8th April | Komedia, Bath
Photos: Rowan Allen
To fill a venue like Bath’s Komedia on a Sunday night is impressive. To fill it in a city that represents the opposite of your band is even more impressive. But IDLES launched their nationwide tour with a sold-out gig in Bath.
Admittedly, it’s hard to reconcile the Bristolian band’s staunch anti-Conservative lyrics with a city that only voted out their Conservative MP last year, and by then everyone was doing it. So who was at the gig? Alistair Shuttleworth, the lead singer of the art-punk opening act, LICE, got to the bottom of this pretty early into their set.
“Are there a lot of people from Bristol here?” He asked.
The entire room cheered.
“And people of Bath, thanks for having us in your city,” he said.
Two whoops and a light shower of applause.
We may have been in one of Bath’s more prominent venues, but we were really in Bristol. I, unfortunately, was not standing in front of the band, soaking up the singer’s odd, theatrical combination of The Fall and Edward Scissorhands. I didn’t have a stamp that said ‘KOMEDIA’ on my hand, but one that said ‘BALCONY.’ It was like a hungry man watching a video of people eating.
LICE, also from Bristol, seemed shaky at first; a little withdrawn, with the frontman shouting his lyrics at the ceiling as if it had personally wronged him. But soon they settled into the warmth of the crowd and, rollicking around heavy basslines, LICE fell into their element. Shuttleworth even leapt into the crowd to physically form a moshpit, literally warming the crowd up for the headline act. You couldn’t ask for a better-fitted tour-mate.
From the balcony, I couldn’t help feeling I was missing the real core of the performance. I couldn’t stay up here. IDLES wouldn’t stay up here. I decided to break in. For a man whose biggest act of rebellion is not waiting for the green man before crossing the road, it was a big moment. I spied a particularly boisterous group about to re-enter. Sweating, and feeling like I had ‘balcony’ stamped on my forehead, I tacked along. The bouncer glanced at my hand and waved me through. I was in. What next? Robbing a bank?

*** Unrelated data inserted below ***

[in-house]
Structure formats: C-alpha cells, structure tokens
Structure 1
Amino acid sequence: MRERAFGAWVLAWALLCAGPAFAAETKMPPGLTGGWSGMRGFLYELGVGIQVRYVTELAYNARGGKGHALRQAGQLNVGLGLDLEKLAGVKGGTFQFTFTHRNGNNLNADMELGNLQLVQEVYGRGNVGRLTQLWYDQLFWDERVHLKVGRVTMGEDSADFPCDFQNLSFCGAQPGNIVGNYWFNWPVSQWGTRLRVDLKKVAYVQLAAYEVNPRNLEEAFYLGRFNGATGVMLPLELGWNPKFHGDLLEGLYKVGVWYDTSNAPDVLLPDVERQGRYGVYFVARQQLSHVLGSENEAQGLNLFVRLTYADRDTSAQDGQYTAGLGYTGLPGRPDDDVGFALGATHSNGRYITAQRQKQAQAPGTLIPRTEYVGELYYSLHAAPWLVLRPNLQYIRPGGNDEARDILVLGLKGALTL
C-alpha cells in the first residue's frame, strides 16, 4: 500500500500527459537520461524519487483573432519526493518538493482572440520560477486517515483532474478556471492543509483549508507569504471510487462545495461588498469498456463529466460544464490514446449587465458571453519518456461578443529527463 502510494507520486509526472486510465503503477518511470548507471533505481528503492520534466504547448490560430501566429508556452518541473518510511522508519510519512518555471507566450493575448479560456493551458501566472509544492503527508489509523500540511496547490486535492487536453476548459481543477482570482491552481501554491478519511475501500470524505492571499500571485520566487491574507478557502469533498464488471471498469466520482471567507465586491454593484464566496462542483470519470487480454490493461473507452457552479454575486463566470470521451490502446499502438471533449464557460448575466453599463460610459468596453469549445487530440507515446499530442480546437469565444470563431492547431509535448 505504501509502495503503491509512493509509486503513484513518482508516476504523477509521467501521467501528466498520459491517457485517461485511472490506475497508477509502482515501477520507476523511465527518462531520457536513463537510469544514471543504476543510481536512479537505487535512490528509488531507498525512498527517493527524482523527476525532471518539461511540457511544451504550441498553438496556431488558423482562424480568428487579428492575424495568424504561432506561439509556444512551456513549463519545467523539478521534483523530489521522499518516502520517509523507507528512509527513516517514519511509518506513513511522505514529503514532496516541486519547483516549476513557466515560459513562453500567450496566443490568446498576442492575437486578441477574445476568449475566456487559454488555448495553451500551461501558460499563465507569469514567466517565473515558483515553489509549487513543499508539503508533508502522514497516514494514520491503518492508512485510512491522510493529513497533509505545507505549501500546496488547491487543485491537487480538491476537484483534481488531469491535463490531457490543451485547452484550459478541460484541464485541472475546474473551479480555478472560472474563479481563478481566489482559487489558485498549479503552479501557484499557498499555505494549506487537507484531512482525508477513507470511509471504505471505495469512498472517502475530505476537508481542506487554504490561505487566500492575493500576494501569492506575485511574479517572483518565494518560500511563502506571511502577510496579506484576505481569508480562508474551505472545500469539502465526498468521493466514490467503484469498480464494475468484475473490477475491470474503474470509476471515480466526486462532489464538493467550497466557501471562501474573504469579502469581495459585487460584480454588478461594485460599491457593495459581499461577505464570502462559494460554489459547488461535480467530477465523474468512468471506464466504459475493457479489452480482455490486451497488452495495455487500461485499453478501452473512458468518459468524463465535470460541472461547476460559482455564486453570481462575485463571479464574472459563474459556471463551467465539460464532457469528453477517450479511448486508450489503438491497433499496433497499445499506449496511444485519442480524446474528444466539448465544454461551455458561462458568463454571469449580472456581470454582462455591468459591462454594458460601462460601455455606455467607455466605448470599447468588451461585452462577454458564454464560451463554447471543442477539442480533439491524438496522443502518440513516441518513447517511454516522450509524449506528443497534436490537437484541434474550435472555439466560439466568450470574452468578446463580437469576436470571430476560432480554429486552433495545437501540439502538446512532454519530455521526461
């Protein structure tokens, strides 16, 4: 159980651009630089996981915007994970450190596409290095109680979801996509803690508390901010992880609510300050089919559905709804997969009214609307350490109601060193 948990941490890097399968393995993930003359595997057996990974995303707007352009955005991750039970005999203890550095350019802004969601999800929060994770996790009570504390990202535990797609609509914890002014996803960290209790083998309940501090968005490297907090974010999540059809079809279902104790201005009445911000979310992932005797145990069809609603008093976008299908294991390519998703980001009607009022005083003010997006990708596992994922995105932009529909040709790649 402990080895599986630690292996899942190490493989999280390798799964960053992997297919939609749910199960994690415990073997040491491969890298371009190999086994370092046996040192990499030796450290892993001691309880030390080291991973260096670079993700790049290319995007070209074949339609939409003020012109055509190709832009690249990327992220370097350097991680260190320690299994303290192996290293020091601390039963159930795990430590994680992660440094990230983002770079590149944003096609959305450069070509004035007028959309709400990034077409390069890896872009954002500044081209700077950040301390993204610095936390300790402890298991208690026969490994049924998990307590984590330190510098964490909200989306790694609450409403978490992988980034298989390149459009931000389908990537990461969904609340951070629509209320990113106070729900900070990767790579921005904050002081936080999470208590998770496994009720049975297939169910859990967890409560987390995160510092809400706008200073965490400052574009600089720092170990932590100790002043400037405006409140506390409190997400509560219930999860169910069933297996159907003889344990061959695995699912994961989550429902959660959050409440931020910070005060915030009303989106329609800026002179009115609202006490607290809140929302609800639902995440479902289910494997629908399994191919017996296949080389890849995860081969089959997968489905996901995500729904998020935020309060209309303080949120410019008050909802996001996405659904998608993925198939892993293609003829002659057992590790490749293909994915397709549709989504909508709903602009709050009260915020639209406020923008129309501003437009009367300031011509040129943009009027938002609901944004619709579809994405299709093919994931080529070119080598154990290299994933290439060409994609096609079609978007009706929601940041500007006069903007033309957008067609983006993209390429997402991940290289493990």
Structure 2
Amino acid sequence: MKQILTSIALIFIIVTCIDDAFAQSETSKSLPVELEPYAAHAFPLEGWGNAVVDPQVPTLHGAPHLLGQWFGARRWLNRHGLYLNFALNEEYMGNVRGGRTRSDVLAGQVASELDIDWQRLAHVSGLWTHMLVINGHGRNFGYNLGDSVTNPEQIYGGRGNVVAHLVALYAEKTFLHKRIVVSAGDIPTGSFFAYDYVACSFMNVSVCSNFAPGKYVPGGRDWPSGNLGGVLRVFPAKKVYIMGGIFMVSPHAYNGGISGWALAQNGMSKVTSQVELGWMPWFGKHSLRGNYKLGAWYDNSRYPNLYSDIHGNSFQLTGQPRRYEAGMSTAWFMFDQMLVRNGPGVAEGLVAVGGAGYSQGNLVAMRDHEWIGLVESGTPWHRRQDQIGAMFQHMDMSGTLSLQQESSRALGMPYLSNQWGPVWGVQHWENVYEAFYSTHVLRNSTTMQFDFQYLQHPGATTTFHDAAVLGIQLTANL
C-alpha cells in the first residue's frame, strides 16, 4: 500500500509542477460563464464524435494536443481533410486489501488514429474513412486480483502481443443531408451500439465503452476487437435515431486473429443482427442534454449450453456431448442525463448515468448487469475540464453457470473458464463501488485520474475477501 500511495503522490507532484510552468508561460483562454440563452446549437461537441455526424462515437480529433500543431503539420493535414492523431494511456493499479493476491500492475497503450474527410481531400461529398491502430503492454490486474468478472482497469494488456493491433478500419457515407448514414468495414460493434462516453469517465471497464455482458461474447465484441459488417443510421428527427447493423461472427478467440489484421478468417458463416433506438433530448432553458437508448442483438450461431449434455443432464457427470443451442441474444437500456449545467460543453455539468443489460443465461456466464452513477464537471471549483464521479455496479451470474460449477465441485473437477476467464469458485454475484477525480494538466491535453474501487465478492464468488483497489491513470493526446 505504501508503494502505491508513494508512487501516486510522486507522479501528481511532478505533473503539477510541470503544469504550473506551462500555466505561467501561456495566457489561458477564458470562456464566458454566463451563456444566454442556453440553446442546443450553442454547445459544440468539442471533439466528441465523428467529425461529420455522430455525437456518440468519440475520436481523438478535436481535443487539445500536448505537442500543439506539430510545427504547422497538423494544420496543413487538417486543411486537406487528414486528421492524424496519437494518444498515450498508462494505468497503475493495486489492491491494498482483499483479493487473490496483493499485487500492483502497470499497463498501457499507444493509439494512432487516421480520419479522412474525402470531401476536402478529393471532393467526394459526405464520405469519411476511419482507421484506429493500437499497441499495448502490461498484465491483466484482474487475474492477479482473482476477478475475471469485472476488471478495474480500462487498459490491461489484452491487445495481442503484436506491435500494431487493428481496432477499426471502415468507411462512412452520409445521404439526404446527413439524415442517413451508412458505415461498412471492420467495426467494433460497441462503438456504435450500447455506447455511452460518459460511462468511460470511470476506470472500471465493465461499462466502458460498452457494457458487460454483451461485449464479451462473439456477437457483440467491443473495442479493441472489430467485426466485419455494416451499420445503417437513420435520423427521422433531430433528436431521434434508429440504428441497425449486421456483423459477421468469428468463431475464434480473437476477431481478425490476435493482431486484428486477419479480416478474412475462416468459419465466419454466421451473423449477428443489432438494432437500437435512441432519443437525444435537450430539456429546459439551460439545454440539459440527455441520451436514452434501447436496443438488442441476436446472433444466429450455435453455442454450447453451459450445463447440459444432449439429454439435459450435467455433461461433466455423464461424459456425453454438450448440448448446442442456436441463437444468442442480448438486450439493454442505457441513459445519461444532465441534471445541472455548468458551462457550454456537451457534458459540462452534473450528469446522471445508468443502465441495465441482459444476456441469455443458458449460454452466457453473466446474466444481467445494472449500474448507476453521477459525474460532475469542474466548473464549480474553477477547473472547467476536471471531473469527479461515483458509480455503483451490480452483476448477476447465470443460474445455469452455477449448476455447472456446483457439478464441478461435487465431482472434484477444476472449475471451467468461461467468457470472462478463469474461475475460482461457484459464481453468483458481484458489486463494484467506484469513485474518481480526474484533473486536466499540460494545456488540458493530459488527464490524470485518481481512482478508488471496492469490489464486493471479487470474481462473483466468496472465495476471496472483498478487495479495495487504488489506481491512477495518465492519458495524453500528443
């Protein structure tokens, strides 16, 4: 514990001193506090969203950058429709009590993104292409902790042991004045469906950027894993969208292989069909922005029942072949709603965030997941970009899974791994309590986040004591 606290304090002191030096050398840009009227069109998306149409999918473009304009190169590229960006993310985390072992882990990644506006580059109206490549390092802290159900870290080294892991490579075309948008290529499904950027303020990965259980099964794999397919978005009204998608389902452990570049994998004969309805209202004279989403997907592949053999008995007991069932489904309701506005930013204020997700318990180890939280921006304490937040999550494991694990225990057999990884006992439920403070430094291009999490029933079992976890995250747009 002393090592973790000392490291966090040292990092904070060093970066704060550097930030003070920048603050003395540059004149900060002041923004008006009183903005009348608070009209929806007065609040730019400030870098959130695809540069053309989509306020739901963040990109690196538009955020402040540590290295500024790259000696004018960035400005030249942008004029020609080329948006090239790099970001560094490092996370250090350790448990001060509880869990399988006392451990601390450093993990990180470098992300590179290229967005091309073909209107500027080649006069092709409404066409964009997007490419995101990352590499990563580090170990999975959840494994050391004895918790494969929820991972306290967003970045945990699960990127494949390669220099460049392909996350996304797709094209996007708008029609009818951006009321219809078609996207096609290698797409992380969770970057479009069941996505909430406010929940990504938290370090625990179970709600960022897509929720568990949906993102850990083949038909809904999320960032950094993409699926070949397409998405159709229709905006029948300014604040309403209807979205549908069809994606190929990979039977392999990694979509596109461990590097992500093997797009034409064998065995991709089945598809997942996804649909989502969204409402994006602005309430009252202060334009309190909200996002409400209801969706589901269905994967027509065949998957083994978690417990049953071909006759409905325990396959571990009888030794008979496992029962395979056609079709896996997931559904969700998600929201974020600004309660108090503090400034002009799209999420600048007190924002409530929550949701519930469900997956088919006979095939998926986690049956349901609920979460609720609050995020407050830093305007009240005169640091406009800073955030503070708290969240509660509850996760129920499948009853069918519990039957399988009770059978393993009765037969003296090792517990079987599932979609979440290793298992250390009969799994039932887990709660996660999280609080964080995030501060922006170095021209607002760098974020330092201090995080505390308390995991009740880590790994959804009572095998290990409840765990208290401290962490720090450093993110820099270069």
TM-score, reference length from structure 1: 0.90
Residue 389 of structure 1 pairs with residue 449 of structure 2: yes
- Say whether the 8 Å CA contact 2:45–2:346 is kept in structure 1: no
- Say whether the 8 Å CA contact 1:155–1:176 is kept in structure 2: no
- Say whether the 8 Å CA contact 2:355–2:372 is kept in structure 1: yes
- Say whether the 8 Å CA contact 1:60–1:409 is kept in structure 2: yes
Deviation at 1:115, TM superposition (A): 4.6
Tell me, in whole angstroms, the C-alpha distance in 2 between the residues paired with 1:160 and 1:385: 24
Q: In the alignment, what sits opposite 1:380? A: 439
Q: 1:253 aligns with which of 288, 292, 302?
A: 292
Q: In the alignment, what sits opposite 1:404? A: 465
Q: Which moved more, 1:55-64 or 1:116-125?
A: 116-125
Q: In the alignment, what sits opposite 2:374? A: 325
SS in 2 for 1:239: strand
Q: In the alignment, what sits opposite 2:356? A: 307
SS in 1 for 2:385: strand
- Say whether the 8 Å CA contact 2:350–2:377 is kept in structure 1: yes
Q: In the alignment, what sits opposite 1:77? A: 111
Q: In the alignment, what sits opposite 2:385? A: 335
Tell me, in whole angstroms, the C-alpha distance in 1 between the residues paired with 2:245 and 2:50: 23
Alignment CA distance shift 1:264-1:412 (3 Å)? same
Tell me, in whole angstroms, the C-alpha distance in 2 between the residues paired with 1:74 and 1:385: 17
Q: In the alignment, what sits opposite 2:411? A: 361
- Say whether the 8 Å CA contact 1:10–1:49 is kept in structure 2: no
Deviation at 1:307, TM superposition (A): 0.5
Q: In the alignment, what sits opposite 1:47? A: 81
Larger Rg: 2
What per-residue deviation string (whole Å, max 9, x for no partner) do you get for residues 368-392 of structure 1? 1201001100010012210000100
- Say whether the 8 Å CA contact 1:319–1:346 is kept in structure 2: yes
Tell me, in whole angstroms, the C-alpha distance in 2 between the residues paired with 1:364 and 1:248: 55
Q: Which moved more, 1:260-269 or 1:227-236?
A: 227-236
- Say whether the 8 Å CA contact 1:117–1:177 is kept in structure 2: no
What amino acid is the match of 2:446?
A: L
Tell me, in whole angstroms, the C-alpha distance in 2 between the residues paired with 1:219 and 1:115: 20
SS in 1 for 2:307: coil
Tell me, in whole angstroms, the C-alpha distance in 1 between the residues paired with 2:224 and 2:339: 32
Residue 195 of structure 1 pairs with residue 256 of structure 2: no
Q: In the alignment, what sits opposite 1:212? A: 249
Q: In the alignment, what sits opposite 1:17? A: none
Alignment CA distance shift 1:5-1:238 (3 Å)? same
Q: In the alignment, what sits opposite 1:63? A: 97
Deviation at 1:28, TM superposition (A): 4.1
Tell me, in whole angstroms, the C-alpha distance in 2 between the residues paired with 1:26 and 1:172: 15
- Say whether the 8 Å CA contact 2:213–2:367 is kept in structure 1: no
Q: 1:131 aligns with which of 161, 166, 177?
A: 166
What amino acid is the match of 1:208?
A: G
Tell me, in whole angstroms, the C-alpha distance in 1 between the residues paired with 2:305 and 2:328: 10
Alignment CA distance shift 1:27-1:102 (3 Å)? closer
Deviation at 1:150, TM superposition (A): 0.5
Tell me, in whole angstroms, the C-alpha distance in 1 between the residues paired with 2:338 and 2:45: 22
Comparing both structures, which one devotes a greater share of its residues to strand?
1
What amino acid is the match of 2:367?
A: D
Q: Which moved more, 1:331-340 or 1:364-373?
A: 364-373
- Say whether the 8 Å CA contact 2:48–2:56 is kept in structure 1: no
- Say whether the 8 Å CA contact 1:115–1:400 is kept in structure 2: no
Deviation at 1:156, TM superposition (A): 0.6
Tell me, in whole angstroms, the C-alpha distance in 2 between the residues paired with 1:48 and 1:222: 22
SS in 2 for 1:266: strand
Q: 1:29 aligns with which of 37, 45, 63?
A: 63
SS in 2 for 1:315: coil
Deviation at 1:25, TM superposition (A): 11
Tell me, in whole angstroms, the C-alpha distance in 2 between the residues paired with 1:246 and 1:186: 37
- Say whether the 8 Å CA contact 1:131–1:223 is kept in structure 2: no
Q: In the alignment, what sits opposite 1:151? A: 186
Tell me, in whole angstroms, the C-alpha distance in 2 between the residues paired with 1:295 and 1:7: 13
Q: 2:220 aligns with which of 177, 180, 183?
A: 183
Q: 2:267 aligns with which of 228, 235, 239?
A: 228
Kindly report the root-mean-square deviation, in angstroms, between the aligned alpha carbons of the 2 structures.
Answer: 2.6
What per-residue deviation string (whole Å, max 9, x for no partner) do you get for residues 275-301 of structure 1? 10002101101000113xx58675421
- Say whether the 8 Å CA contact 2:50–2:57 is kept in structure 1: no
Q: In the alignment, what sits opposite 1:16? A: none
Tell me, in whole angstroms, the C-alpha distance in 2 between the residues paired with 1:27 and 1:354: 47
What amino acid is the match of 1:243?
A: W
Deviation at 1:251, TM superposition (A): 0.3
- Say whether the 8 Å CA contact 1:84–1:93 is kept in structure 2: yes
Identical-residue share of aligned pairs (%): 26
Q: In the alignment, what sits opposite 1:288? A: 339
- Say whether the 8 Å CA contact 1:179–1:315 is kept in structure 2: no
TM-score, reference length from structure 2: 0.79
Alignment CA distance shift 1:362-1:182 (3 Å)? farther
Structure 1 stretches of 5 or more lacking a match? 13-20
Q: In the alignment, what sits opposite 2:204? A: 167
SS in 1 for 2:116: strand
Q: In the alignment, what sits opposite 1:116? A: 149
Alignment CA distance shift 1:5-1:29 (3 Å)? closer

The crowd, many wearing ‘save our NHS’ stickers were restless with impatience, and when IDLES hit the stage, it was to a roar of welcome. The room was heaving. They hadn’t played a song yet, and the crowd was almost feverish. As they cracked through the first few songs, mostly from Brutalism, it’s clear that in the last few years they’ve stepped up their game.
Their energy was immense, the band bouncing around the stage like pennies in a washing machine. Talbot beat the mic against his chest, his delivery gruff and intense. Mark Bowen, the lead guitarist, characteristically down to his pants, twirled his guitar lead like it was the hem of a dress.
Things got feral when the dissonant opening chords of ‘Well Done’ rang through the room. In the mosh pit, I saw one guy with blood dripping down his grinning face and past his ‘save our NHS’ sticker. It seemed fitting. The home crowd had grown frenzied over one of the most promising local acts in years, and it’s easy to see why.
Between IDLES’ rebellious spirit (“the best way to scare a Tory/is to read and get rich”) and their empathetic approach to social issues (“masculinity/is a mask/ that is wearing me”), they tapped right into the frustrations and ambitions of young Bristolians. It was written all over the crowd’s bloodied face. Even if they were in Bath.